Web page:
Accuracy, validity and relevance of probabilistic building energy models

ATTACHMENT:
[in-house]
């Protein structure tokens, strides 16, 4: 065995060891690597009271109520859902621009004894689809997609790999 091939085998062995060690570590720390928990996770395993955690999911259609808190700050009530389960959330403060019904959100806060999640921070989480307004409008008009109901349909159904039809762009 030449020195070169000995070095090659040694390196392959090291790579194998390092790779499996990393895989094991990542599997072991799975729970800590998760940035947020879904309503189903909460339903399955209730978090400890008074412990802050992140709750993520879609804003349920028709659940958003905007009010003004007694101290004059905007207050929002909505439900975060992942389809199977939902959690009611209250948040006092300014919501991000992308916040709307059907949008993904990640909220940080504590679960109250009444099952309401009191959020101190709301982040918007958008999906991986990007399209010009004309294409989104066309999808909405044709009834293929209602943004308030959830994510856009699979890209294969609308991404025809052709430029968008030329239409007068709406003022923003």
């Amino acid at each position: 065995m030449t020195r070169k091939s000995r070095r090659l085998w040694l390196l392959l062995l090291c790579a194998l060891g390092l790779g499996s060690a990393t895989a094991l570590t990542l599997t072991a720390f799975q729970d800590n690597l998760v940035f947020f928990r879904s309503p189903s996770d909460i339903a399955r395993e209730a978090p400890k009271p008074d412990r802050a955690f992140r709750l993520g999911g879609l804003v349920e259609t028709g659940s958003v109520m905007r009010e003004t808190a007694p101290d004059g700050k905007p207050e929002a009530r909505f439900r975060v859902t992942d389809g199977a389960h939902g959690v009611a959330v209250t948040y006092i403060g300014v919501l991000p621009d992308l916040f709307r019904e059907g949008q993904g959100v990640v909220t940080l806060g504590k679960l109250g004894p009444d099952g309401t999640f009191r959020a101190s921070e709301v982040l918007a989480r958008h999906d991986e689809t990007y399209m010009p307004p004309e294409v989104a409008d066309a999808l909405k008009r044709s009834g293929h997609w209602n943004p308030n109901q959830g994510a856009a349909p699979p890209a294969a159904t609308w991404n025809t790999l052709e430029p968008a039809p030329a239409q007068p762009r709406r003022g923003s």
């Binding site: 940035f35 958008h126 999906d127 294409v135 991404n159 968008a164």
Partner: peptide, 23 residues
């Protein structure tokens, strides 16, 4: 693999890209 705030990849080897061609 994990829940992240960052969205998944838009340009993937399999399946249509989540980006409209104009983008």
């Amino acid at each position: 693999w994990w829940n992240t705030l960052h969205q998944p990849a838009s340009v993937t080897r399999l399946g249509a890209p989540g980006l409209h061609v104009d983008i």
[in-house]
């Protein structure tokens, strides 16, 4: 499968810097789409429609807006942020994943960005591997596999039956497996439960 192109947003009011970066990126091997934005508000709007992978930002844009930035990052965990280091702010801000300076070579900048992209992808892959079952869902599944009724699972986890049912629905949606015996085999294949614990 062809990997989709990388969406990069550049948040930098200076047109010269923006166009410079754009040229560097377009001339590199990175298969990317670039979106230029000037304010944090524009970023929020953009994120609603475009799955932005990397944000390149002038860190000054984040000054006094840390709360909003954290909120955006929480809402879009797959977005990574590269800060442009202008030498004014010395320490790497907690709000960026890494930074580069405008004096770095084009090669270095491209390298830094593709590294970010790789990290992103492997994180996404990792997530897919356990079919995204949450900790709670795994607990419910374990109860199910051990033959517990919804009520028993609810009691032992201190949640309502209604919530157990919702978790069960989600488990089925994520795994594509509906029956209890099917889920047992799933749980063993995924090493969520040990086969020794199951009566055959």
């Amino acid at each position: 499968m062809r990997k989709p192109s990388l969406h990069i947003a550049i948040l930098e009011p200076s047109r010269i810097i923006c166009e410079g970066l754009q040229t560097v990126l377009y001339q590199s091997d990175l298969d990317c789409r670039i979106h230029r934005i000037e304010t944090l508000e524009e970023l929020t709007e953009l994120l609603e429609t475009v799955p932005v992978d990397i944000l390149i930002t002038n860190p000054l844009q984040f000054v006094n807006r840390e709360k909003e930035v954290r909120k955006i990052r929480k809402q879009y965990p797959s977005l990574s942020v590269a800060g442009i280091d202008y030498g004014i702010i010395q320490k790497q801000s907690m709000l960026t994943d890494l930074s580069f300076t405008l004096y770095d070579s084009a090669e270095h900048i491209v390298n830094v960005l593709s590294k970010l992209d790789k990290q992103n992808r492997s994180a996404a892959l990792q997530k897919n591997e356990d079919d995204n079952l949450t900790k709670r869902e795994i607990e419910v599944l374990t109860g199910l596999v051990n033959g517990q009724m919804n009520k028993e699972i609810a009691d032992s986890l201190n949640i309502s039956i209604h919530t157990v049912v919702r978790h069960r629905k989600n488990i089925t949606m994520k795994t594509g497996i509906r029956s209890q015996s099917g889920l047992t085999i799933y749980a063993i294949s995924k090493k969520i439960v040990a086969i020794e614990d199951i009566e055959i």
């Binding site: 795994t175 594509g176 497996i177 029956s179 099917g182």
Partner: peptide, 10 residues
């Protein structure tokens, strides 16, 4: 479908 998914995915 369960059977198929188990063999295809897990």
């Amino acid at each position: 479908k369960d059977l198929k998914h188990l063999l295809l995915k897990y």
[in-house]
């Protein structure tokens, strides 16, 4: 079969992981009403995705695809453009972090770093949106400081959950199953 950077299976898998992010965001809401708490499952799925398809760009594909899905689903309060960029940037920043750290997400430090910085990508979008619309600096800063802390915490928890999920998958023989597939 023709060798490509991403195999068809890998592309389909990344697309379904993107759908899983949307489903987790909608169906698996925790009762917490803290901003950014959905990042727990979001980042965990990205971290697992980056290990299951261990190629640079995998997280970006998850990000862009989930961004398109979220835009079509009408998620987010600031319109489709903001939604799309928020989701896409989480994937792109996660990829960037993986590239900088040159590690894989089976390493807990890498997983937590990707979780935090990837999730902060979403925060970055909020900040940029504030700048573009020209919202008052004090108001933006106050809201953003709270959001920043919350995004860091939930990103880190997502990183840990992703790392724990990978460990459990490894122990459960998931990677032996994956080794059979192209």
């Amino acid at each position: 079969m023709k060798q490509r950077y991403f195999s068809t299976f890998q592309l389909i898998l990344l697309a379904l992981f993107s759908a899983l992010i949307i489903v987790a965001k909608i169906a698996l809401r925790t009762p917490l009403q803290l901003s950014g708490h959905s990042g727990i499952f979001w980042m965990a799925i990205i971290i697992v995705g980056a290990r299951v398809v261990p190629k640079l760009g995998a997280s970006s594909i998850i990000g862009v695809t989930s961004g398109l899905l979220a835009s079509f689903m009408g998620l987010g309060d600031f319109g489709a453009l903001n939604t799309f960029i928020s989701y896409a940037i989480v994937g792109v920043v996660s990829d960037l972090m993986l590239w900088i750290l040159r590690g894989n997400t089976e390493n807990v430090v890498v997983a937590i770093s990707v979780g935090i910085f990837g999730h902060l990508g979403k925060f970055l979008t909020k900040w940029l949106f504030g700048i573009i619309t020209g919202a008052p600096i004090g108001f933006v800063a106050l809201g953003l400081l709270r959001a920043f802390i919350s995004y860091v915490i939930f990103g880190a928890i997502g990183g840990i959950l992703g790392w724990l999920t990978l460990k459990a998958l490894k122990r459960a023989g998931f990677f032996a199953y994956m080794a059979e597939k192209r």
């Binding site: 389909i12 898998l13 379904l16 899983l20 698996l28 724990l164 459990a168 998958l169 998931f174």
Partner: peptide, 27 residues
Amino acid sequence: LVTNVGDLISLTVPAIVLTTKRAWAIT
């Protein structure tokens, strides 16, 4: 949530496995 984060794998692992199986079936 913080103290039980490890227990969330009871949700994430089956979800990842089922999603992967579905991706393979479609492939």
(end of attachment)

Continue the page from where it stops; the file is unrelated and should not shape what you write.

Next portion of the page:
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Residential and commercial buildings consume 41% of total U.S. energy consumption. Since improving energy efficiency is still the most cost efficient energy saving option in the U.S., it is not surprising that many new buildings represent a push towards ultra-efficiency. Many studies argue that this calls for the use of high fidelity prediction models that by necessity will be probabilistic in nature due to many sources of uncertainty that affect the translation of a design specification into the actual reality of a constructed and operated facility. To inspect the fidelity of these probabilistic models against traditional deterministic models, we pose questions that address three major aspects of this new generation of building energy models: • Accuracy: do these models give more “correct” answers? • Validity: do these models lead to “better” design/retrofit decisions? • Relevance: does a profession that deploys these models provide “higher” value to the industry? This dissertation addresses the first question by identifying gaps in our understanding and quantifying various sources of model uncertainty reported in recent literature. Insufficiently understood and not well-quantified sources are further studied and resolved. The results of the above are analyzed in a sensitivity analysis that ranks input parameters alongside with model form uncertainties. Next, we adapt proven methods to conduct verification of probabilistic building energy models. Probabilistic calibration, marginal calibration and a continuous rank probability score are used to evaluate the “correctness” of the new generation of models. We illustrate the challenges of delivering validity proofs in a case study where outcomes of uncertainty analysis are translated into (monetary) risks and their influence is analyzed in a decision-making scenario involving energy performance contracts. Lastly, the study introduces a speculative approach to proving relevance by quantifying the overall societal benefit of a transparent risk framework that has the potential to unlock currently stagnating capital flow into large-scale building retrofits.